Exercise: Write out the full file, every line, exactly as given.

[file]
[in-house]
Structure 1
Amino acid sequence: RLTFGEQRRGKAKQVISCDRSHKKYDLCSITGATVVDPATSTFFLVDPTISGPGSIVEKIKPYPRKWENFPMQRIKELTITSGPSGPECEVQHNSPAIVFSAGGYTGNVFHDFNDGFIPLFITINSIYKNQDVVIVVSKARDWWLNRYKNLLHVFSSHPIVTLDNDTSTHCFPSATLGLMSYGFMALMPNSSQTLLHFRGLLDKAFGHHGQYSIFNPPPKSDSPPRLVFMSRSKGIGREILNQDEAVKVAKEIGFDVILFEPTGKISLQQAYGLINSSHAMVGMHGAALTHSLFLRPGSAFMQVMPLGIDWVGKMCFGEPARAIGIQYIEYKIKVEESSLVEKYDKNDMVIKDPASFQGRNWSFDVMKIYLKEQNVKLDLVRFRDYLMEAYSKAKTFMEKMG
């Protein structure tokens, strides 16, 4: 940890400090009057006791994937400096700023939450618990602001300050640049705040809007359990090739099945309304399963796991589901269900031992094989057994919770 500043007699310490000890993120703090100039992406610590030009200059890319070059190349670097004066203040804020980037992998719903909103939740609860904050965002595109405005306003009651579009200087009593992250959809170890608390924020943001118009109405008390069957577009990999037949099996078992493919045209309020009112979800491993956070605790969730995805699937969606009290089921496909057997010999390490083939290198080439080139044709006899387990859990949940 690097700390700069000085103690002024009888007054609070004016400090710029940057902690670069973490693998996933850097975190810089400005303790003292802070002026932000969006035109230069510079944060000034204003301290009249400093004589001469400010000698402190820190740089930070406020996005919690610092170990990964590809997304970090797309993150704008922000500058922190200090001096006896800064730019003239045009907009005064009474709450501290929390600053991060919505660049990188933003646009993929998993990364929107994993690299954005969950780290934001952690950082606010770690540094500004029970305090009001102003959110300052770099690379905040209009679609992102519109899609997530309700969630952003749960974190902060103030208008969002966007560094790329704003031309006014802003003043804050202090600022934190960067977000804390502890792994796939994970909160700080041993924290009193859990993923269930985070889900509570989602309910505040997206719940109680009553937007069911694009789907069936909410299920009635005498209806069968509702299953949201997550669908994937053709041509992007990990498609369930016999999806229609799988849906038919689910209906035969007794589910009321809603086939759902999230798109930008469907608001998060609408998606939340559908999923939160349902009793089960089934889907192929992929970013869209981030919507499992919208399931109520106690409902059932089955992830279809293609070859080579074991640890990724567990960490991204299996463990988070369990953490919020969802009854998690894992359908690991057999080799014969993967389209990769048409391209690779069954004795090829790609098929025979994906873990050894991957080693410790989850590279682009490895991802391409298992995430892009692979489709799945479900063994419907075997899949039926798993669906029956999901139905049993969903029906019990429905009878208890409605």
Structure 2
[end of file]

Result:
[in-house]
Structure 1
Amino acid sequence: RLTFGEQRRGKAKQVISCDRSHKKYDLCSITGATVVDPATSTFFLVDPTISGPGSIVEKIKPYPRKWENFPMQRIKELTITSGPSGPECEVQHNSPAIVFSAGGYTGNVFHDFNDGFIPLFITINSIYKNQDVVIVVSKARDWWLNRYKNLLHVFSSHPIVTLDNDTSTHCFPSATLGLMSYGFMALMPNSSQTLLHFRGLLDKAFGHHGQYSIFNPPPKSDSPPRLVFMSRSKGIGREILNQDEAVKVAKEIGFDVILFEPTGKISLQQAYGLINSSHAMVGMHGAALTHSLFLRPGSAFMQVMPLGIDWVGKMCFGEPARAIGIQYIEYKIKVEESSLVEKYDKNDMVIKDPASFQGRNWSFDVMKIYLKEQNVKLDLVRFRDYLMEAYSKAKTFMEKMG
């Protein structure tokens, strides 16, 4: 940890400090009057006791994937400096700023939450618990602001300050640049705040809007359990090739099945309304399963796991589901269900031992094989057994919770 500043007699310490000890993120703090100039992406610590030009200059890319070059190349670097004066203040804020980037992998719903909103939740609860904050965002595109405005306003009651579009200087009593992250959809170890608390924020943001118009109405008390069957577009990999037949099996078992493919045209309020009112979800491993956070605790969730995805699937969606009290089921496909057997010999390490083939290198080439080139044709006899387990859990949940 690097700390700069000085103690002024009888007054609070004016400090710029940057902690670069973490693998996933850097975190810089400005303790003292802070002026932000969006035109230069510079944060000034204003301290009249400093004589001469400010000698402190820190740089930070406020996005919690610092170990990964590809997304970090797309993150704008922000500058922190200090001096006896800064730019003239045009907009005064009474709450501290929390600053991060919505660049990188933003646009993929998993990364929107994993690299954005969950780290934001952690950082606010770690540094500004029970305090009001102003959110300052770099690379905040209009679609992102519109899609997530309700969630952003749960974190902060103030208008969002966007560094790329704003031309006014802003003043804050202090600022934190960067977000804390502890792994796939994970909160700080041993924290009193859990993923269930985070889900509570989602309910505040997206719940109680009553937007069911694009789907069936909410299920009635005498209806069968509702299953949201997550669908994937053709041509992007990990498609369930016999999806229609799988849906038919689910209906035969007794589910009321809603086939759902999230798109930008469907608001998060609408998606939340559908999923939160349902009793089960089934889907192929992929970013869209981030919507499992919208399931109520106690409902059932089955992830279809293609070859080579074991640890990724567990960490991204299996463990988070369990953490919020969802009854998690894992359908690991057999080799014969993967389209990769048409391209690779069954004795090829790609098929025979994906873990050894991957080693410790989850590279682009490895991802391409298992995430892009692979489709799945479900063994419907075997899949039926798993669906029956999901139905049993969903029906019990429905009878208890409605």
Structure 2